NFL Cracks Down On Hard Hits NFL players step into their new reality this weekend. They'll play the first slate of games since the league announced that it will suspend players for dangerous and flagrant hits.
NPR logo

NFL Cracks Down On Hard Hits

  • Download
  • <iframe src="" width="100%" height="290" frameborder="0" scrolling="no" title="NPR embedded audio player">
  • Transcript
NFL Cracks Down On Hard Hits

NFL Cracks Down On Hard Hits

  • Download
  • <iframe src="" width="100%" height="290" frameborder="0" scrolling="no" title="NPR embedded audio player">
  • Transcript


From baseball to football now, and NFL players stepping into a new reality this weekend. Its the first slate of games since the league announced its going to get a lot tougher punishing players for dangerous and flagrant hits. That means more fines and suspensions for those who break the rules. Does it also mean that football, a game historically defined by violent contact, will become a different kind of game this Sunday?

NPRs Tom Goldman reports.

TOM GOLDMAN: No, says Ray Anderson, the game will not fundamentally change.

Mr. RAY ANDERSON (Executive Vice President of Football Operations): People should not overreact and think that the physicality of football is being compromised. Thats simply not true.

GOLDMAN: Ray Anderson is the NFLs executive vice president of football operations. Hes been the man at the center of the storm. After several vicious-looking hits during games last weekend, Anderson was the first to indicate the NFL might ratchet up punishment for dangerous hits to defenseless players.

The NFL did, and Anderson says the intense reaction to the crackdown, that the NFL will become a powder-puff league, is ridiculous.

Mr. ANDERSON: This doesnt mean the big hits are going out of the game, but hopefully the games will also be absent guys laying on the turf, getting carted off because theyve been hit in the head and neck area against our rules.

GOLDMAN: In locker rooms around the league this week, many a player said he agreed, safetys an important issue. But the statements of support often sounded canned, a quick throwaway line before revealing concern and confusion about the new policy.

Lawyer Milloy, a defensive back for the Seattle Seahawks, has been in the league 15 years.

Mr. LAWYER MILLOY (Football Player, Seattle Seahawks): When I came into the league, you really didnt have to worry about, you know, the way you hit. And Im proud that I came in in that era.

GOLDMAN: Milloy knows its a different era now. The league has been sensitized to head injuries in the last couple of years. But suddenly, with this weeks announcement, Milloy, a four-time Pro Bowl player, is wondering how to play a game he has mastered over the past decade and a half.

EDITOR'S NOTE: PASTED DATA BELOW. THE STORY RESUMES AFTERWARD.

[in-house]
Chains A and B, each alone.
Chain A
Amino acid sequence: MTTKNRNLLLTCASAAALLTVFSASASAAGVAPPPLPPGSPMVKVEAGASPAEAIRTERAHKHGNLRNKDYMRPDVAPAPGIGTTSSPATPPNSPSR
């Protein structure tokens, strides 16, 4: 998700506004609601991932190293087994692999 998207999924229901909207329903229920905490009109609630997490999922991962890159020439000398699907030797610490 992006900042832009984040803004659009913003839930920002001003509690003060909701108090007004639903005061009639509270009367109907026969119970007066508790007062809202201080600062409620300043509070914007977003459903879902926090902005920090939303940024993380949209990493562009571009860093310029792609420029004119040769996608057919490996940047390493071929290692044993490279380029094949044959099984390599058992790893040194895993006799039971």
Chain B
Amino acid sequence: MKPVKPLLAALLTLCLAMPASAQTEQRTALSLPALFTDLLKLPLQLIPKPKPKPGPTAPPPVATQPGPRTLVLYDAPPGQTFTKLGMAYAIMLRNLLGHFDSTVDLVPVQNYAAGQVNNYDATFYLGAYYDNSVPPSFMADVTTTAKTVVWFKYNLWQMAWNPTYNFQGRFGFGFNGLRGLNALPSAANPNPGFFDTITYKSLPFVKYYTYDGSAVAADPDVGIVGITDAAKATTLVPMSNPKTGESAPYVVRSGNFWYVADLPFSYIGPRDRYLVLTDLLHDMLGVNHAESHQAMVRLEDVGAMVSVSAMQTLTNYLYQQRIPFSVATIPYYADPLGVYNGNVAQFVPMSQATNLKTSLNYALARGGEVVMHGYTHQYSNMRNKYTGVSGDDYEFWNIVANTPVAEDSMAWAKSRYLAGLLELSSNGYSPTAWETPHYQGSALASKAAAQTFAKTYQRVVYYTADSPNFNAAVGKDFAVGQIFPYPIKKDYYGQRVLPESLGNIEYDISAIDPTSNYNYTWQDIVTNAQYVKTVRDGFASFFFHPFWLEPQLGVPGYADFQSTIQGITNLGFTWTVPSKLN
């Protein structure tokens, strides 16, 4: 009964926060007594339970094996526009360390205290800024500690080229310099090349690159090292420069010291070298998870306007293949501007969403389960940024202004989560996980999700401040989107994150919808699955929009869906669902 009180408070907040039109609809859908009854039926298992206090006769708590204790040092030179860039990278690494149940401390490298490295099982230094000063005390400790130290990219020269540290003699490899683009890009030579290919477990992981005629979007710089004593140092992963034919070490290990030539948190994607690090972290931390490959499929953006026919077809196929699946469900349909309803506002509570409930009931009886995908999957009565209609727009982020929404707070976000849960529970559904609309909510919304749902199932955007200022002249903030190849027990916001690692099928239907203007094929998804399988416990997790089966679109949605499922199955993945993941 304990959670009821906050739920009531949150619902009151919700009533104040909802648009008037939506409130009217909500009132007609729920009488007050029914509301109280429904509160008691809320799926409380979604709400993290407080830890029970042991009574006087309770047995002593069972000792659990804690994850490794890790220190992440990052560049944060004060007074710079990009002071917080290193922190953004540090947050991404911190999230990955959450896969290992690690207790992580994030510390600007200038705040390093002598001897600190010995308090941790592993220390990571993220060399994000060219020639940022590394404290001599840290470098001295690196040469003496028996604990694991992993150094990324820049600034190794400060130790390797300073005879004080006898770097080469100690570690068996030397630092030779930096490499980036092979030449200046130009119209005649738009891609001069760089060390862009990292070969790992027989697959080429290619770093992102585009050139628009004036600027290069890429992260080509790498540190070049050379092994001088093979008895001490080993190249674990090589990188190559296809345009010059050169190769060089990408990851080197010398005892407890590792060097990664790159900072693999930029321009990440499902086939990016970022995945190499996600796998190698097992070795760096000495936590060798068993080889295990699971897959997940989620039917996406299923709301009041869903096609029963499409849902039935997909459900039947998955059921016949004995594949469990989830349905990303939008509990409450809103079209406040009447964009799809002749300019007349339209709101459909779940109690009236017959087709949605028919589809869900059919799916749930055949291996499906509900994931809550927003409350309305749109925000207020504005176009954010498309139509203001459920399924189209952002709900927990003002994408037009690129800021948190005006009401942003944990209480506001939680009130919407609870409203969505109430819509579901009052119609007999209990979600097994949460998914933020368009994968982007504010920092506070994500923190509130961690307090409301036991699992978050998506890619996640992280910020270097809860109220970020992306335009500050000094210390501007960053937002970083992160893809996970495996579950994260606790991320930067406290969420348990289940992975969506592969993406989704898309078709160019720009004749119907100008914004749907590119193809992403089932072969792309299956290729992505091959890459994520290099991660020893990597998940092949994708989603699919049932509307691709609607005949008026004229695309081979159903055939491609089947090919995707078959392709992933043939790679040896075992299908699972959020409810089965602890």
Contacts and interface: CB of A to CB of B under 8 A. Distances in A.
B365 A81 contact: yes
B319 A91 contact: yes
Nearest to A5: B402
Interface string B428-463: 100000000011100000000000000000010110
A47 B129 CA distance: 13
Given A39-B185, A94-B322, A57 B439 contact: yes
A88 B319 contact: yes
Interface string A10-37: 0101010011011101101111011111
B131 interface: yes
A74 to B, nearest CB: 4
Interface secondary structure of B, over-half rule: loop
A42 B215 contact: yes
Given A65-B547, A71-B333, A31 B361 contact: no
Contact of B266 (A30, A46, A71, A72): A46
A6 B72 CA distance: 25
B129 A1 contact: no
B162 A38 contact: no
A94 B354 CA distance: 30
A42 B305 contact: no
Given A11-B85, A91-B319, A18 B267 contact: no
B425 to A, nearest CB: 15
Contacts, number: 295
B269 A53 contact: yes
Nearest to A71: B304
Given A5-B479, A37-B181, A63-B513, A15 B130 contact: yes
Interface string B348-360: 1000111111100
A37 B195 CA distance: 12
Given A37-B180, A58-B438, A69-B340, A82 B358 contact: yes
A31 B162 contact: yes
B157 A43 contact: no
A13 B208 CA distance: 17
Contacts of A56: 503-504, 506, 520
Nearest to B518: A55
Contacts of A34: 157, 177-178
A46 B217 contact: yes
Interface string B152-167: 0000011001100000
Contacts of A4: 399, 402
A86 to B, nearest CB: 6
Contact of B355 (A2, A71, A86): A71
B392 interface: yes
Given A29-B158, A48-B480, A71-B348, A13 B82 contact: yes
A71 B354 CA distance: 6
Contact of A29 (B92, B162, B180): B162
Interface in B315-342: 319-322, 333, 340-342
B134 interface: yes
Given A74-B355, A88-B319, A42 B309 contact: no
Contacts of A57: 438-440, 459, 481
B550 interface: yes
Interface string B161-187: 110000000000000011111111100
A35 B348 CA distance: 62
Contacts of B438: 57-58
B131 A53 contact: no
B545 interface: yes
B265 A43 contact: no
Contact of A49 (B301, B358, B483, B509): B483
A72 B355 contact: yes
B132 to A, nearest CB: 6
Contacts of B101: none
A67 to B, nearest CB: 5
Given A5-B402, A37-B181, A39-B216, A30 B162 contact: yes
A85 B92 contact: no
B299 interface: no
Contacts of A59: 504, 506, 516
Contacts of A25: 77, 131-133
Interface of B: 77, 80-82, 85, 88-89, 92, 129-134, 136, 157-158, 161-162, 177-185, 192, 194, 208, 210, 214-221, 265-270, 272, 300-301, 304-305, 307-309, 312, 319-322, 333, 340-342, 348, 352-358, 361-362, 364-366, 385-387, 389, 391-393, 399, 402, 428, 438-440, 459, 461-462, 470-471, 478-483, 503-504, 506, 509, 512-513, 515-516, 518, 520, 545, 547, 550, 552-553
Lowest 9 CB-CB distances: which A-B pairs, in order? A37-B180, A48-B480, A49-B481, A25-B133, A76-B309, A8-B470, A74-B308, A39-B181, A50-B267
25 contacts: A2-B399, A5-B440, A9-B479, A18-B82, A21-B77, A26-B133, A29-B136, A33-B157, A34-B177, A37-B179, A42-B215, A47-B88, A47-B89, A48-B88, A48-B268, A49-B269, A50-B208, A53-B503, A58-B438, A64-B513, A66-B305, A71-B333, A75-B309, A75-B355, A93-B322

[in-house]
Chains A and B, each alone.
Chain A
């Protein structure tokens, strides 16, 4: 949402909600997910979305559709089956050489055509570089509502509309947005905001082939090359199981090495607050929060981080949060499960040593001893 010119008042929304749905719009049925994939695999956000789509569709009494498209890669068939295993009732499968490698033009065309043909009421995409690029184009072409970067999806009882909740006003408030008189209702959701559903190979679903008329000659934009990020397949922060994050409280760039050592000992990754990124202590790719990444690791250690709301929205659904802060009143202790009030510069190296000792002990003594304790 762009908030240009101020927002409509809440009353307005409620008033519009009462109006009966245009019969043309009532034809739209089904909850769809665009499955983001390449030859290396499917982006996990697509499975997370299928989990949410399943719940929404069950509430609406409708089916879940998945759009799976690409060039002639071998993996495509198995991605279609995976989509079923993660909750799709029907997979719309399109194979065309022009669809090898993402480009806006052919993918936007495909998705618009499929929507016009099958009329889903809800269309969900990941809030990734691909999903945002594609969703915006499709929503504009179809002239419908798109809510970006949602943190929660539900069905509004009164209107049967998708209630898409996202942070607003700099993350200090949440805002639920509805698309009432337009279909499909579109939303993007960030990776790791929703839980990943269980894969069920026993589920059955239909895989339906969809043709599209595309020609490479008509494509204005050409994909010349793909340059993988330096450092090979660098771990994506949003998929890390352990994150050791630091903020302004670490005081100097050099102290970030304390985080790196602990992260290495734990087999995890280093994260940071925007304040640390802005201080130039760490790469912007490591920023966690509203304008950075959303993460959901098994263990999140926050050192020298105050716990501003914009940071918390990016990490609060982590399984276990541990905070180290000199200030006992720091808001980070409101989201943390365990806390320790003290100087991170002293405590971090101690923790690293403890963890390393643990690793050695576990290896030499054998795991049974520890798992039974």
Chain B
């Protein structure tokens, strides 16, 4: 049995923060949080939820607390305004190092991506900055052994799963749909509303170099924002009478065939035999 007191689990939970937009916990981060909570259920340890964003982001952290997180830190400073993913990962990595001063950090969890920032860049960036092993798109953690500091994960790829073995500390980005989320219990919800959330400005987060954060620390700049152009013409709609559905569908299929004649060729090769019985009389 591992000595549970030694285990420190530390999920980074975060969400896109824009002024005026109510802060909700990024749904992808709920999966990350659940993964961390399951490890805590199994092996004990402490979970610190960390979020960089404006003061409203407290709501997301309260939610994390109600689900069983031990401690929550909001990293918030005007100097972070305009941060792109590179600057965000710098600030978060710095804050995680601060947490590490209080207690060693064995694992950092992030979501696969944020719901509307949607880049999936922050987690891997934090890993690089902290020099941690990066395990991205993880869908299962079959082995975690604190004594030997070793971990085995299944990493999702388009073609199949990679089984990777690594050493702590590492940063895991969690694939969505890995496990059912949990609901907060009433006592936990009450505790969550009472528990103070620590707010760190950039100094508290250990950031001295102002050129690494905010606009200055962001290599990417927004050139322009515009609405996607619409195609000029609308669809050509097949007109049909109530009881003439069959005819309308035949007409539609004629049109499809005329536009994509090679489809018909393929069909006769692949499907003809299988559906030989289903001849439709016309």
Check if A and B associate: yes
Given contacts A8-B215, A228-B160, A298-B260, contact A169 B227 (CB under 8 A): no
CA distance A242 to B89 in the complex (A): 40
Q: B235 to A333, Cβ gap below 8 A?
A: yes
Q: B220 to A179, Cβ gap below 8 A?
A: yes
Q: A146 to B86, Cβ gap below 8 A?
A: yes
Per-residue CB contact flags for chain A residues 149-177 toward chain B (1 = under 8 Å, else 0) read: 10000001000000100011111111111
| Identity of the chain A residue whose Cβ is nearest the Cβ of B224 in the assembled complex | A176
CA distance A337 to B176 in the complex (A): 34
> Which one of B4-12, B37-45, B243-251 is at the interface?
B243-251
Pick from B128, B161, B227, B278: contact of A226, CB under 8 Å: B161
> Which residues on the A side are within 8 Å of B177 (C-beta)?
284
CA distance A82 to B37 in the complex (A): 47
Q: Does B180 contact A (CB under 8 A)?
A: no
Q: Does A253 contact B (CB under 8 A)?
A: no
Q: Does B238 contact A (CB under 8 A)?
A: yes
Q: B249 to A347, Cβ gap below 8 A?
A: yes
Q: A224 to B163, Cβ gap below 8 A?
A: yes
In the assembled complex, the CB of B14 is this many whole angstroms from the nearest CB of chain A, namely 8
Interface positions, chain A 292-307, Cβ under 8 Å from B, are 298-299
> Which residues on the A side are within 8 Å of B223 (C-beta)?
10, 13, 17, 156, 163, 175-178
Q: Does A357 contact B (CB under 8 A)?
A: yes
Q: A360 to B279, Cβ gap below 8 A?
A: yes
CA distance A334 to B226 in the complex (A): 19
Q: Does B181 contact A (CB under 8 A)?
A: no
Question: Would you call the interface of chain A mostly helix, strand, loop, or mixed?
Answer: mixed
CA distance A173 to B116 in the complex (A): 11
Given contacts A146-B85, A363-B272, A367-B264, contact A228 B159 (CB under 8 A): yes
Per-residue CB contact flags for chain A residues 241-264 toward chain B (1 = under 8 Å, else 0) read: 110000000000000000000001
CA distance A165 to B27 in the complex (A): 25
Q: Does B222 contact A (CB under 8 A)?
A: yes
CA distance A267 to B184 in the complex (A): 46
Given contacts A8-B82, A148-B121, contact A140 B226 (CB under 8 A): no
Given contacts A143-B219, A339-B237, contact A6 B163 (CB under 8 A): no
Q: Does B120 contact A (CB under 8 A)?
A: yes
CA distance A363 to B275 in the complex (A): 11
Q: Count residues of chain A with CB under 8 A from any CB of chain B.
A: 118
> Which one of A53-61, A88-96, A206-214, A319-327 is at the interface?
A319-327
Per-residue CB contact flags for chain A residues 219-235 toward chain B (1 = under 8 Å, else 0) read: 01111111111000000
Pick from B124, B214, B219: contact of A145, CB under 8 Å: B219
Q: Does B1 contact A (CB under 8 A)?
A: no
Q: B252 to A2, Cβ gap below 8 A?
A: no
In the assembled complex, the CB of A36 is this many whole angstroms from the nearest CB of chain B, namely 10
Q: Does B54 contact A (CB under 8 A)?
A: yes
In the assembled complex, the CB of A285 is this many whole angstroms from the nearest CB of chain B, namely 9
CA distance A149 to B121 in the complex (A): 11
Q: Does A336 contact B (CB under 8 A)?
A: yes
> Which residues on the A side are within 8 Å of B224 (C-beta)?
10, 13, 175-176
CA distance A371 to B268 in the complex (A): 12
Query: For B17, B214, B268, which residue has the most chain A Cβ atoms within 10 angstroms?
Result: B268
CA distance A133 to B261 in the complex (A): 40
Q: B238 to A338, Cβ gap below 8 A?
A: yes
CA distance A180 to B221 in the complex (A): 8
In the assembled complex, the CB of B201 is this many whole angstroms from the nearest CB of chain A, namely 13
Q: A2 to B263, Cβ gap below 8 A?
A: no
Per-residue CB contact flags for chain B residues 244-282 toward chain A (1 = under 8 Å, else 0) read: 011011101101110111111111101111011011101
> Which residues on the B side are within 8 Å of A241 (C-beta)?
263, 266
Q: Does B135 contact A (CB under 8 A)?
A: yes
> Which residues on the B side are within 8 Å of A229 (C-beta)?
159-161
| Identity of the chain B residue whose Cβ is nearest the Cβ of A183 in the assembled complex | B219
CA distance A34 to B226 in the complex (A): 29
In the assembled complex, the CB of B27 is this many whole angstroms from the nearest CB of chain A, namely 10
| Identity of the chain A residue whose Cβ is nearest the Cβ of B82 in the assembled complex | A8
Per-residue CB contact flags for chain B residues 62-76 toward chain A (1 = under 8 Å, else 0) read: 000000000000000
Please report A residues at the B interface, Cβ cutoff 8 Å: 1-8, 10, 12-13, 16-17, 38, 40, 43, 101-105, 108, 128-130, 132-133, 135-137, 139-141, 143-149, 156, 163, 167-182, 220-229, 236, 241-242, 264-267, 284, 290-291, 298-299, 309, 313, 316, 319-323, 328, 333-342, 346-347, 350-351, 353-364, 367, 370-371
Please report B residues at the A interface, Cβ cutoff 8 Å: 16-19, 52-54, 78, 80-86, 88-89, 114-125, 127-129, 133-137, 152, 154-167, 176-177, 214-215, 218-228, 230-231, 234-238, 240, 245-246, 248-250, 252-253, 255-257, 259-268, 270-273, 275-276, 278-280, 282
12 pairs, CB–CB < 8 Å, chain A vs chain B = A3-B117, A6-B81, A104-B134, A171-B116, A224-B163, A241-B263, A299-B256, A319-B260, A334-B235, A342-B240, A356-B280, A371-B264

Mr. MILLOY: You know, going into a game, am I thinking about it? Id be lying by saying that I wasnt, you know. How do I tackle this guy? You know, can I have the woo hits like, you know, Ronnie Lott used to talk about? Theyre really taking that out of the game, and thats a shame.

GOLDMAN: The woo hits were what Hall of Fame defensive back Ronnie Lott called the violent hits that made the entire stadium go woo. But Milloy and others are wondering as much about the tackles that don't make the highlight reel, the run of the mill that now could lead to a suspension.

Lets say a defender, adhering to the rules, aims to hit a wide receiver below the head-neck area. But at the last instant, the receiver lowers his head instinctively to protect himself and thus creates a helmet-to-helmet hit. Will the defender be punished? The NFLs Ray Anderson.

Mr. ANDERSON: If he catches the ball and then has the opportunity to protect himself, then he is no longer deemed a defenseless player.

GOLDMAN: So no penalty. Anderson says it will be a thorough, robust and fair process to determine hits that are worthy of suspension. He says NFL players are smart and can adapt.

Defensive players in particular have done it in recent years as the league has moved to protect the quarterback more and more. Lawyer Milloys head coach, Pete Carroll, often sees proof that players get it.

Mr. PETE CARROLL (Head Coach, Seattle Seahawks): Yeah, I've noticed in our team in particular, we've had a number of hits on quarterbacks and hits on the sidelines where our guys have been very attentive to not make that last little shot on a guy. And really, theyre doing a good job, better than I wouldve thought, better than weve coached them up. You know, their awareness is there.

GOLDMAN: But will old habits die hard? Lawyer Milloy said this week he tries to do the best he can to play by the rules. But he adds hes going to stay true to who he is, that collisions are going to happen, and hes not going to worry about things he cant control.

Others are more defiant. Miami Dolphins linebacker Channing Crowder was quoted this week as saying: If I get a chance to knock somebody out, I'm going to knock them out and take what they give me. They give me a helmet, I'm going to use it.

Tom Goldman, NPR News.

Copyright © 2010 NPR. All rights reserved. Visit our website terms of use and permissions pages at for further information.

NPR transcripts are created on a rush deadline by Verb8tm, Inc., an NPR contractor, and produced using a proprietary transcription process developed with NPR. This text may not be in its final form and may be updated or revised in the future. Accuracy and availability may vary. The authoritative record of NPR’s programming is the audio record.